In Southeast Asia, small enterprises dominate the landscape, from rural farmers to the street vendors who crowd the sidewalks of megacities. This culture of small enterprise lays a foundation for social entrepreneurs with a leapfrog mentality. Social startups have captured the imagination of everyone from young college students to disgruntled women factory workers to investors, all of whom are looking for novel solutions to the problems of food, water, small farmers, and, in some cases, an aging population. In urban environments, an increasingly well-educated, tech-savvy, and young middle class has the potential to create positive change, although risks remain that growing consumption will drive unsustainable global supply chains. With less extensive urban slums than its neighbors in the developing world, many of Southeast Asia’s most pressing poverty issues are still rural, and balancing rural with urban needs over the next decade is necessary to achieving equity and equality throughout the region.The Critical Questions
Gray collar workers are the fastest growing segment in Thailand and Singapore. Many of these are aging farmers, with little education, who are being displaced from small farms. But there will also be a highly skilled contingent who migrate to other countries in the region, looking for lower cost of living and a less competitive job market.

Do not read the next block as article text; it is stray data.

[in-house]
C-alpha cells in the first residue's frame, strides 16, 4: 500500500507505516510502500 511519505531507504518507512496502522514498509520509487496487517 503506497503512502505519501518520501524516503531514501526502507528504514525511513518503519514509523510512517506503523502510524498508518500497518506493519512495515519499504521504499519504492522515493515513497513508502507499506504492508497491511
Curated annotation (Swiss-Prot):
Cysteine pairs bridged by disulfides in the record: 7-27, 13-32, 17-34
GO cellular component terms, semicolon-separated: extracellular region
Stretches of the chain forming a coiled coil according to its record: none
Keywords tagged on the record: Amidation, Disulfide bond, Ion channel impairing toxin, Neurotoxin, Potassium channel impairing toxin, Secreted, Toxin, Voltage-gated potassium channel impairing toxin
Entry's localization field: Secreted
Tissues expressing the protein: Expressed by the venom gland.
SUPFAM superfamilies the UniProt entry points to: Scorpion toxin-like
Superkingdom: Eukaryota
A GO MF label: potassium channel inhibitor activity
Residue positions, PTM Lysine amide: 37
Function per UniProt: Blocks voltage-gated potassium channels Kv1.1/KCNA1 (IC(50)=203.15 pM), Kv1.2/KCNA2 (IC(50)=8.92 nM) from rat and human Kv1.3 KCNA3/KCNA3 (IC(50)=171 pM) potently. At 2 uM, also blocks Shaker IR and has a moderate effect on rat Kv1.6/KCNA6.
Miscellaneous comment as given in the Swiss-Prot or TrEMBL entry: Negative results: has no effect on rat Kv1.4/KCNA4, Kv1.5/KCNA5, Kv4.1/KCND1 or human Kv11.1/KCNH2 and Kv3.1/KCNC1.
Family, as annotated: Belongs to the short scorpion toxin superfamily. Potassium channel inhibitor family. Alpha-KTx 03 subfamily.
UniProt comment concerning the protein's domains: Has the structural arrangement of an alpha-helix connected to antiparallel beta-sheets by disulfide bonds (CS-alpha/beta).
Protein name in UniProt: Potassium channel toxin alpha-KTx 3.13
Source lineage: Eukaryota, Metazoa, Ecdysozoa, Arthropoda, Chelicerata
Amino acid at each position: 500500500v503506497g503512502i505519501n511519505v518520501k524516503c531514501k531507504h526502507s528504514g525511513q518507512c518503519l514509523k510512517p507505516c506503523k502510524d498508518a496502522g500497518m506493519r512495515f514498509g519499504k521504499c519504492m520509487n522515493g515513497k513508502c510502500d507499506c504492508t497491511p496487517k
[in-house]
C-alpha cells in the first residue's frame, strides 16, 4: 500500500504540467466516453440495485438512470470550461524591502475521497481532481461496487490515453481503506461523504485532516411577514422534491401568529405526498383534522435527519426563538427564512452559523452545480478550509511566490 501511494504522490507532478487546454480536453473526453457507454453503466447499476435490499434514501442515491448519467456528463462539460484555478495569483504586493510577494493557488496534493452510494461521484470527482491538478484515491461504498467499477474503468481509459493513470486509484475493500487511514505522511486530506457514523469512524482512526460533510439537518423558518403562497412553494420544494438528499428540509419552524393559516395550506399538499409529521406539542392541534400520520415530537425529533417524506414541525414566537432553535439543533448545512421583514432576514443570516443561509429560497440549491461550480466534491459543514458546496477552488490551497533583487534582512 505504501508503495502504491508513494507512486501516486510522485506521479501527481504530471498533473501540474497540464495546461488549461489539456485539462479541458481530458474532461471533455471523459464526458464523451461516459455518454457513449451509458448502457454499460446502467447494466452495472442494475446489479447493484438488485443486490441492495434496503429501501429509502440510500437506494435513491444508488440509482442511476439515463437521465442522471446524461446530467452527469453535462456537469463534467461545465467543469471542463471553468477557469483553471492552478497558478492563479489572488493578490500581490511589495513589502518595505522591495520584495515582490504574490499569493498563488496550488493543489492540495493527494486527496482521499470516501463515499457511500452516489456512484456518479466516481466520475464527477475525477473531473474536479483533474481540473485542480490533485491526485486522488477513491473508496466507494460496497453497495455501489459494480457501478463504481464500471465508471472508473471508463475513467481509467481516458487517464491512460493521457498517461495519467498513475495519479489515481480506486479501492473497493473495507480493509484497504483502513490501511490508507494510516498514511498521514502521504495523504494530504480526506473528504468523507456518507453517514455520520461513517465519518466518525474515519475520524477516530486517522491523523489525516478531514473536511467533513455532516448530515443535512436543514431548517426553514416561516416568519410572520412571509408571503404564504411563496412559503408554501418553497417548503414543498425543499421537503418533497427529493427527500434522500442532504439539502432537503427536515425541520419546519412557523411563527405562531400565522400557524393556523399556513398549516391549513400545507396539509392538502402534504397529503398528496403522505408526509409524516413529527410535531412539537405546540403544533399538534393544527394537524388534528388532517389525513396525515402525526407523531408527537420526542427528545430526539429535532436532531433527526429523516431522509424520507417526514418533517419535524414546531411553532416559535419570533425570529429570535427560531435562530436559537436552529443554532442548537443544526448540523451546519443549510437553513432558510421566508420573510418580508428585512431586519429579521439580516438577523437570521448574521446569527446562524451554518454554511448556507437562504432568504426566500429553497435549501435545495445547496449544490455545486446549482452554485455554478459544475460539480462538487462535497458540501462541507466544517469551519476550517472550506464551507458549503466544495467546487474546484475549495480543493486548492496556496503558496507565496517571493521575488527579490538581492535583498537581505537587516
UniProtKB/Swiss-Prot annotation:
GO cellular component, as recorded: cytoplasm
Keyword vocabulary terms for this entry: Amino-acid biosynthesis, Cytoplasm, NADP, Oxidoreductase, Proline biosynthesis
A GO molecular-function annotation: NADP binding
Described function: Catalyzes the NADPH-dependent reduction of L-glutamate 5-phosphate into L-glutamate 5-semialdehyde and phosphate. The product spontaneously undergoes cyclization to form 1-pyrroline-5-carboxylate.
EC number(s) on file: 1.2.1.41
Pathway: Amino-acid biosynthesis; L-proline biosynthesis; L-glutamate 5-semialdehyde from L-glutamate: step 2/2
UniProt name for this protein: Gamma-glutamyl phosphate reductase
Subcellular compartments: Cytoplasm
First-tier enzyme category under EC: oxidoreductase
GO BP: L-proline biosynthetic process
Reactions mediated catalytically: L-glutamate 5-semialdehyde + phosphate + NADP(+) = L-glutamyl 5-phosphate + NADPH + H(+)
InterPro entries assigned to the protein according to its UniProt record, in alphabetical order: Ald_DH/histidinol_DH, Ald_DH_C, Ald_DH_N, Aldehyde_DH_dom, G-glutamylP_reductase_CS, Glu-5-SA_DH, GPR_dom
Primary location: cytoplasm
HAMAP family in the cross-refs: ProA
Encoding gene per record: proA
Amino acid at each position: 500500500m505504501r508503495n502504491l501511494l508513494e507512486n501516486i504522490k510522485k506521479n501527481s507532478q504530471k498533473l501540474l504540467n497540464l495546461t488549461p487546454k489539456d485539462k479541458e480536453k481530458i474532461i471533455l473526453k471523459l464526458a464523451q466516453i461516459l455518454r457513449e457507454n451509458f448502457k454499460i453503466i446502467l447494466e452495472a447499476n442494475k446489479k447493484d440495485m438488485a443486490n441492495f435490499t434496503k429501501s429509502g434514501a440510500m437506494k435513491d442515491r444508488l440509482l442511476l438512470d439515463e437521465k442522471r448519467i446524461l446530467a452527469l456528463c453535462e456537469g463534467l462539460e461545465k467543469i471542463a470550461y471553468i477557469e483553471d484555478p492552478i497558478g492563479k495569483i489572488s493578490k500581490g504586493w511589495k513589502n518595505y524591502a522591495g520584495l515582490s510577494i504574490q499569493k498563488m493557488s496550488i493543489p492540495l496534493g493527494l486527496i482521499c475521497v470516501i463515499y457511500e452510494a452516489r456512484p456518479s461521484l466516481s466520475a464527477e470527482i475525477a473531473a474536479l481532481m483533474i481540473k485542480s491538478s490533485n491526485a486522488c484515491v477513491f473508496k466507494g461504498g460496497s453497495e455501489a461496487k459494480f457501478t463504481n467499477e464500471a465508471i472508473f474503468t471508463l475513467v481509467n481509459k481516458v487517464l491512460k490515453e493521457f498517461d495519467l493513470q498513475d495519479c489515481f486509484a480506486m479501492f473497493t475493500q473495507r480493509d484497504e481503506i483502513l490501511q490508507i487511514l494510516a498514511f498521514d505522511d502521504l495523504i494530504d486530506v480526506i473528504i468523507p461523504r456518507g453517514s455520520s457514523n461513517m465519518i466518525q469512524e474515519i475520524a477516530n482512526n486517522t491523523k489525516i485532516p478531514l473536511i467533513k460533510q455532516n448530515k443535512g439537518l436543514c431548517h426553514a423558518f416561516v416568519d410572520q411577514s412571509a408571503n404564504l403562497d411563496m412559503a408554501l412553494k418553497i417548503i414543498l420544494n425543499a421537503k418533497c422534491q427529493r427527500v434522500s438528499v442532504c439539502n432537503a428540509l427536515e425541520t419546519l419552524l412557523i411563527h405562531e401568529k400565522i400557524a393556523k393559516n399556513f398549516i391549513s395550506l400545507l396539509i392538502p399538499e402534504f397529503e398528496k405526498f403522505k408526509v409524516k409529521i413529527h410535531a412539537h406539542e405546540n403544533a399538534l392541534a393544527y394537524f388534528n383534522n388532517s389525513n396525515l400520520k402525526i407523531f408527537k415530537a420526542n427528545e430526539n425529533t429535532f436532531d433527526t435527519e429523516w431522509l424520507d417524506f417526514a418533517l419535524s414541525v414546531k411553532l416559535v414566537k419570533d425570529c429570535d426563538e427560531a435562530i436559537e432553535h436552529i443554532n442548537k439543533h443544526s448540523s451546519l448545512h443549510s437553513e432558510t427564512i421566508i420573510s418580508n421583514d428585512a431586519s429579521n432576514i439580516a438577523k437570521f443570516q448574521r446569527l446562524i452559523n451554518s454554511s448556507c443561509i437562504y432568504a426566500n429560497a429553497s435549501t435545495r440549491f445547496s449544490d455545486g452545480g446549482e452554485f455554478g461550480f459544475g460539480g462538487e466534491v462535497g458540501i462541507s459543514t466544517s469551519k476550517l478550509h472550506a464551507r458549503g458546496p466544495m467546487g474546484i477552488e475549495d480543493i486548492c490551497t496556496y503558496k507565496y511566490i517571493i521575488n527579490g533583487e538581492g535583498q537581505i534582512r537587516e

How will Southeast Asia tap the enthusiasm for social enterprise to stake out an alternative path to economic development?
How will the numerous small, informal enterprises that are the main employers of the poor compete with the growing number of larger businesses in increasingly regionally integrated and regulated economies?
How will farmers, large and small, build a platform for food security in Southeast Asia even as they question the principles of industrial agriculture and hybrid crops?
How will the region manage the extreme ethnic diversity as diasporas of students, workers, and tourists interact in an environment of heightened ethnic identity?
How will the region leverage its water advantage for both local well-being and wealth generation in the global marketplace?
How will Southeast Asia negotiate the growing tension between governments and open media as each tries to define what is in the best interests of vulnerable populations?
How will the region resolve the issues of human trafficking in women and children (especially in relation to the sex tourism industry), as well as the issues arising from the live organ trade?